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Clark Completes D.C. Museum

Wed December 03, 2003 - Northeast Edition

Located across the street from the new Washington D.C. Convention Center, the historic 64,000-sq.-ft. Carnegie Library building has been transformed into the City Museum, the only museum dedicated to telling the story of the District of Columbia. The Clark Construction Group Inc. served as general contractor on the $12-million restoration project (construction cost) led by the Historical Society of Washington, D.C.

“Washington, D.C. now has a place to celebrate its history and allow people to discover all of the things that make this city unique. From Anacostia to Cleveland Park, Shaw to U Street, there is a city waiting to be explored,” said Barbara Franco, president and CEO of the Historical Society of Washington, D.C.

The landmark underwent a complete renovation. With its Beaux Arts design, the Carnegie Library building is a three-floor symmetrical structure with three mezzanine levels offering 14,000 sq. ft. of exhibit space. The public spaces are on the three main levels with the mezzanines used for administrative offices and library and collections storage. The K Street entrance of the building was re-opened, allowing visitors to enter from both the north and south sides.

Also featured is an education center with meeting space and a visitor information center. A research library and meeting room make the Historical Society of Washington, D.C.’s collections of archives and manuscripts, photographs, publications, prints and maps available to the public.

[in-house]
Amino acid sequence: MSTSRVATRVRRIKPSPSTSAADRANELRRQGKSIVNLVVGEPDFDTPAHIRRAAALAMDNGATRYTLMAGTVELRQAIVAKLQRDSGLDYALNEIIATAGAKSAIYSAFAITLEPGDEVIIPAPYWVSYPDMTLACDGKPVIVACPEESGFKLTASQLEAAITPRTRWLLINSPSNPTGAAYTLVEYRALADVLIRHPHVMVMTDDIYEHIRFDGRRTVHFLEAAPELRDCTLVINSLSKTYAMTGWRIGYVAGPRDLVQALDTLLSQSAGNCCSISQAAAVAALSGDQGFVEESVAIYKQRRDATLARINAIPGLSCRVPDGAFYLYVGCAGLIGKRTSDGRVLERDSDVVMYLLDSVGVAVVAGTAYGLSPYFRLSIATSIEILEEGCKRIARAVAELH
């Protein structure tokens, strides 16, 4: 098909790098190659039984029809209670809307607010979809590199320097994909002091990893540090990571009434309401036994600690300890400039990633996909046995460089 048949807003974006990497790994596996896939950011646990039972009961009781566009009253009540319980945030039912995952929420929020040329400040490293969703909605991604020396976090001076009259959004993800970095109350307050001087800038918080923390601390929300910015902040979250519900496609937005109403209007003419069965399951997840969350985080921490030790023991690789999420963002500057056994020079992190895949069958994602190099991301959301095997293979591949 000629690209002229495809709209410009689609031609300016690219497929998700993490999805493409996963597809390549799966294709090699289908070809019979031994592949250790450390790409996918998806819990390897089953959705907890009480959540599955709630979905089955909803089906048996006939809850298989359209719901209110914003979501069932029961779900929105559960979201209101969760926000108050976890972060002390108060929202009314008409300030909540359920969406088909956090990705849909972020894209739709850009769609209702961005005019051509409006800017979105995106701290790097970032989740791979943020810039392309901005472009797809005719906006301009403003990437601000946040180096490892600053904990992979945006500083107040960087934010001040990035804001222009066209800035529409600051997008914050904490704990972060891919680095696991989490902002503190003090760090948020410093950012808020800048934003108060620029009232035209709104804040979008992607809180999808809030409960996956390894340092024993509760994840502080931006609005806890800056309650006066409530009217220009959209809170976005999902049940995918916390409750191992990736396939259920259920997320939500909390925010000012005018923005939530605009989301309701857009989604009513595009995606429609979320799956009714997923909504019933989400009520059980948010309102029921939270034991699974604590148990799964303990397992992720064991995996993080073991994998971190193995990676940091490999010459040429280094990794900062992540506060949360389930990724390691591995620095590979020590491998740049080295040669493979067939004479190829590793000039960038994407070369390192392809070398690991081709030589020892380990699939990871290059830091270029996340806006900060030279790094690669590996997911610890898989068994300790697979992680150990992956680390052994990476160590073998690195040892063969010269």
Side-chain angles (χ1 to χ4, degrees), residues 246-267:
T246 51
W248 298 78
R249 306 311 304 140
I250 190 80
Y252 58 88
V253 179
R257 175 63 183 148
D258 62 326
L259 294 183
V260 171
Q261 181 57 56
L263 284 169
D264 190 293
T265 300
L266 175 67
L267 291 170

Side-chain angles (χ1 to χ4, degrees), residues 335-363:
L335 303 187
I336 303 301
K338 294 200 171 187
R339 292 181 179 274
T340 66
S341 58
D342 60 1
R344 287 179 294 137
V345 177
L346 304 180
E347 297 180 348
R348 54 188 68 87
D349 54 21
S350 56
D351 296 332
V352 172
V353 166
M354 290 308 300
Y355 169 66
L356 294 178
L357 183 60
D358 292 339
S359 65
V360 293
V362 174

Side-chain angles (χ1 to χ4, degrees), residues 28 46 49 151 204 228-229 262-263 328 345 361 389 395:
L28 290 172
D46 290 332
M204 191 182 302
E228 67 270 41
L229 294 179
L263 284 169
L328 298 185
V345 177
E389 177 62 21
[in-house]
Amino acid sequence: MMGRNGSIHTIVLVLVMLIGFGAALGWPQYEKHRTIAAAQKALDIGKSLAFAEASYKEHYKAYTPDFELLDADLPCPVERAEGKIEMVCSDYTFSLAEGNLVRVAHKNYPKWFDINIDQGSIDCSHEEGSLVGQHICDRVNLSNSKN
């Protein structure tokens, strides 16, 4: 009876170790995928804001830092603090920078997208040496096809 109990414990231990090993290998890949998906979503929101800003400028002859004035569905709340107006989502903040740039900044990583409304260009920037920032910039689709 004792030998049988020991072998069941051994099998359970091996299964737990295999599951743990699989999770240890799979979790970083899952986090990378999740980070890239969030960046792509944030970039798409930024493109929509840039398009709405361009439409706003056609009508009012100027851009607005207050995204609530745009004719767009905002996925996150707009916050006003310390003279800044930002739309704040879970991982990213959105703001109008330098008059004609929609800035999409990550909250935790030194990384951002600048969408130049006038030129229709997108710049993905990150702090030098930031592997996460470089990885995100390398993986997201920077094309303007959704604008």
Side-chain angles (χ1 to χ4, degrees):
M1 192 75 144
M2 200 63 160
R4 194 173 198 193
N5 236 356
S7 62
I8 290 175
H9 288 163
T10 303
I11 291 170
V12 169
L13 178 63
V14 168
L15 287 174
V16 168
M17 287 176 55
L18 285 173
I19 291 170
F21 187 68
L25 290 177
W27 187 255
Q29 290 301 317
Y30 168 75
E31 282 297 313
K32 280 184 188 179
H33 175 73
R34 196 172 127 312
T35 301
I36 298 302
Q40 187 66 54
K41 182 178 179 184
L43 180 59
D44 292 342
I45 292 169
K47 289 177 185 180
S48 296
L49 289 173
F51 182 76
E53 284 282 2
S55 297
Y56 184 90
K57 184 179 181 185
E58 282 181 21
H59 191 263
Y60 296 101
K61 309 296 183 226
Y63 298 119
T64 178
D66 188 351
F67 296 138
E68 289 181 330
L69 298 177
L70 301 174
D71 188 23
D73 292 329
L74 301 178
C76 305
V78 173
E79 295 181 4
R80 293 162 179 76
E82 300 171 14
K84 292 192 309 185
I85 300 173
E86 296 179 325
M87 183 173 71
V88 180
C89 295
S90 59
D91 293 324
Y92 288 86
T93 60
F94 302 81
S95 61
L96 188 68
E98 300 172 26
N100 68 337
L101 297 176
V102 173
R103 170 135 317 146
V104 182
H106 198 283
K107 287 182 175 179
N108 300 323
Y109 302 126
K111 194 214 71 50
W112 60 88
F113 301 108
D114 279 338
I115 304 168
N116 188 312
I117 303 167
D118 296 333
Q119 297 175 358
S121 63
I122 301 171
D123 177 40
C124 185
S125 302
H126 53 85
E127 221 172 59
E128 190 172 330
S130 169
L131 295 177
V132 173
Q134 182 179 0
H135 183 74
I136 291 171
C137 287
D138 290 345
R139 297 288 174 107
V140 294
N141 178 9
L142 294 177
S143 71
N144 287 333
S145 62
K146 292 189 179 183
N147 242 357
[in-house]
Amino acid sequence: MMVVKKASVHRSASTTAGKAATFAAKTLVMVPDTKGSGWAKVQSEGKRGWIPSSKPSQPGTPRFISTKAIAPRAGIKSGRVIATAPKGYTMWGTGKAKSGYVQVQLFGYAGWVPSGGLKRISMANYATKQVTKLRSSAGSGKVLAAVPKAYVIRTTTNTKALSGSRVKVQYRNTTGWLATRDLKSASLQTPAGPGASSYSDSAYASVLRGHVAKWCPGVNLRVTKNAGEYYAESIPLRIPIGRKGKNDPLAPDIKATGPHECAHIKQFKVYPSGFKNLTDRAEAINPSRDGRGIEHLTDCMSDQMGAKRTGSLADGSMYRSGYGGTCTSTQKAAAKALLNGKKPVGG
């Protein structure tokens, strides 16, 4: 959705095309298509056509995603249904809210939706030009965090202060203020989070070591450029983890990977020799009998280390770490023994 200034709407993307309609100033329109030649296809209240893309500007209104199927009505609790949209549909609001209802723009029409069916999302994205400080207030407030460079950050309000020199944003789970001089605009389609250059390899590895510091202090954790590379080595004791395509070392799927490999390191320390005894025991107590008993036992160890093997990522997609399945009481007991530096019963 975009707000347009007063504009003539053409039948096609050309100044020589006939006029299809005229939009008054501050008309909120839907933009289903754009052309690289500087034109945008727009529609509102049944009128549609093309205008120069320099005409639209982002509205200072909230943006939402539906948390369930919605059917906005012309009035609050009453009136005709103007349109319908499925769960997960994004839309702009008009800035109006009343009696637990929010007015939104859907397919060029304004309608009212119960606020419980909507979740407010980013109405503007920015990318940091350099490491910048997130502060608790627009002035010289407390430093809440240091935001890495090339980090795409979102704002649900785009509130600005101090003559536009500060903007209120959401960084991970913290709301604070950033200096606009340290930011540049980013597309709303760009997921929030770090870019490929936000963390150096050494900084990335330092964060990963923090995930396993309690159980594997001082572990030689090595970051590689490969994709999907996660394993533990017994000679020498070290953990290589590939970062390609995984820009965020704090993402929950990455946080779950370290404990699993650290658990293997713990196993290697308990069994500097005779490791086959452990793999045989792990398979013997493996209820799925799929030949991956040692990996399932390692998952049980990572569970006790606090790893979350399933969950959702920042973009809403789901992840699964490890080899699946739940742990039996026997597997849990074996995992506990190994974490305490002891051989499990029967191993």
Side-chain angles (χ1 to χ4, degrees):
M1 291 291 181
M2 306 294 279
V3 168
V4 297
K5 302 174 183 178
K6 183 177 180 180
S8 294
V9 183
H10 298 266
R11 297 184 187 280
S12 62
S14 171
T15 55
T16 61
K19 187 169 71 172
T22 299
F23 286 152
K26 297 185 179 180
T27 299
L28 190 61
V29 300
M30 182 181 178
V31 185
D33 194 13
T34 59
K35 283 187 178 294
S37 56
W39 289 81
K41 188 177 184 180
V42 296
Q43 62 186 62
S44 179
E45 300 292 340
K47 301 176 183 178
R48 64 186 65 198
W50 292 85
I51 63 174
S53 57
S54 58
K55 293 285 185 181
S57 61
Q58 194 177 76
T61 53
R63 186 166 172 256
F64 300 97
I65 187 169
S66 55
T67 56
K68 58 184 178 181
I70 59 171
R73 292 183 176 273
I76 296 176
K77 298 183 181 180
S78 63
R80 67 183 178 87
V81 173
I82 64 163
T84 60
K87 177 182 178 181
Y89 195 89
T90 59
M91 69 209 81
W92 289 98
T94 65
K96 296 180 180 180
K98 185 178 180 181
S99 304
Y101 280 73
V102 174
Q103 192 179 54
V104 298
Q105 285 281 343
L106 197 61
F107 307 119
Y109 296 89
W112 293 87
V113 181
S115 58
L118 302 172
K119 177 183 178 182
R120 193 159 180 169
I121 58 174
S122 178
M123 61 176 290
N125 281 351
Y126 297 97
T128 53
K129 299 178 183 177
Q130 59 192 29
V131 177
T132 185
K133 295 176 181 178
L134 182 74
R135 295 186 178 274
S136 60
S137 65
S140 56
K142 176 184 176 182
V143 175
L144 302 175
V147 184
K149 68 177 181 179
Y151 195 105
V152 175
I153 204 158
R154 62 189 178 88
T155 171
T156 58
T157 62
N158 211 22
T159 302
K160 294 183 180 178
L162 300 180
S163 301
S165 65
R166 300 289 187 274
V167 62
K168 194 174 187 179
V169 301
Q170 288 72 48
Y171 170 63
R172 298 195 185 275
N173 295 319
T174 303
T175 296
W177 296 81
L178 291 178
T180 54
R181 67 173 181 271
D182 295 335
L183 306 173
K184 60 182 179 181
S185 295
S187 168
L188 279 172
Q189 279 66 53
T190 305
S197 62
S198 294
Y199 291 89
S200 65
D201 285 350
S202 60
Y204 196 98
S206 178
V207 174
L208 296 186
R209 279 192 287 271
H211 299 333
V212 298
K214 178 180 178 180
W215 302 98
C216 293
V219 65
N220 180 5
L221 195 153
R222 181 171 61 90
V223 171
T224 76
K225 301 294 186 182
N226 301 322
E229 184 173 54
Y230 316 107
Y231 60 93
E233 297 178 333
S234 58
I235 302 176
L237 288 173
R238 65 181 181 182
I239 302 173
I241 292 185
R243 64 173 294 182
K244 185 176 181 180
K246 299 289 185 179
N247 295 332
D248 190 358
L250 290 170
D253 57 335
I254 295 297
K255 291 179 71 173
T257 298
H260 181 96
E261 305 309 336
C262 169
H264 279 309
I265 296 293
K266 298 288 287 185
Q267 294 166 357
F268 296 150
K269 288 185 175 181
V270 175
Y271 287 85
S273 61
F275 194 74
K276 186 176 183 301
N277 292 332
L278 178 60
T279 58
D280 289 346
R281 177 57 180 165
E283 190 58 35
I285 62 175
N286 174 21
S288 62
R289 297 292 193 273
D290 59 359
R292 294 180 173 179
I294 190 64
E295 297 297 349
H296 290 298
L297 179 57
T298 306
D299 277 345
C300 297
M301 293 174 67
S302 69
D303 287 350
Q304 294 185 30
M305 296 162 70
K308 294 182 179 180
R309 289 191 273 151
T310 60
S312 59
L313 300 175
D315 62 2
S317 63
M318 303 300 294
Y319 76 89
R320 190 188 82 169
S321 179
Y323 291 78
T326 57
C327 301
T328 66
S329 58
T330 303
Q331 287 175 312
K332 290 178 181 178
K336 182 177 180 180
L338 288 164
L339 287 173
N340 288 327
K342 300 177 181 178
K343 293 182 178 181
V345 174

The City Museum adopted the 21st century model of a decentralized museum. In addition to the traditional role of preserving collections and offering exhibits and educational programs, the museum links visitors to neighborhoods and regional sites called gateways. Visitors experience a network of historic sites in off-the-Mall communities such as Chinatown, Adams Morgan, Shaw and Anacostia. The facility encourages visitors to see the city itself as part of the museum.

The museum’s design team included the architectural firms Devrouax & Purnell of Washington, D.C., and RKK&G of New York. GSM Design of Montreal designed the exhibits and Lee & Liu Associates of Washington, D.C., served as the landscape architect.

Built in 1903, the Carnegie Library is one of the few public spaces in the District of Columbia that was never racially segregated. In 1999, Mayor Anthony Williams presented the Historical Society with a 99-year lease for the Carnegie Library at the rate of one dollar per year. The $24-million project was funded by private donations, federal and local appropriations and grants.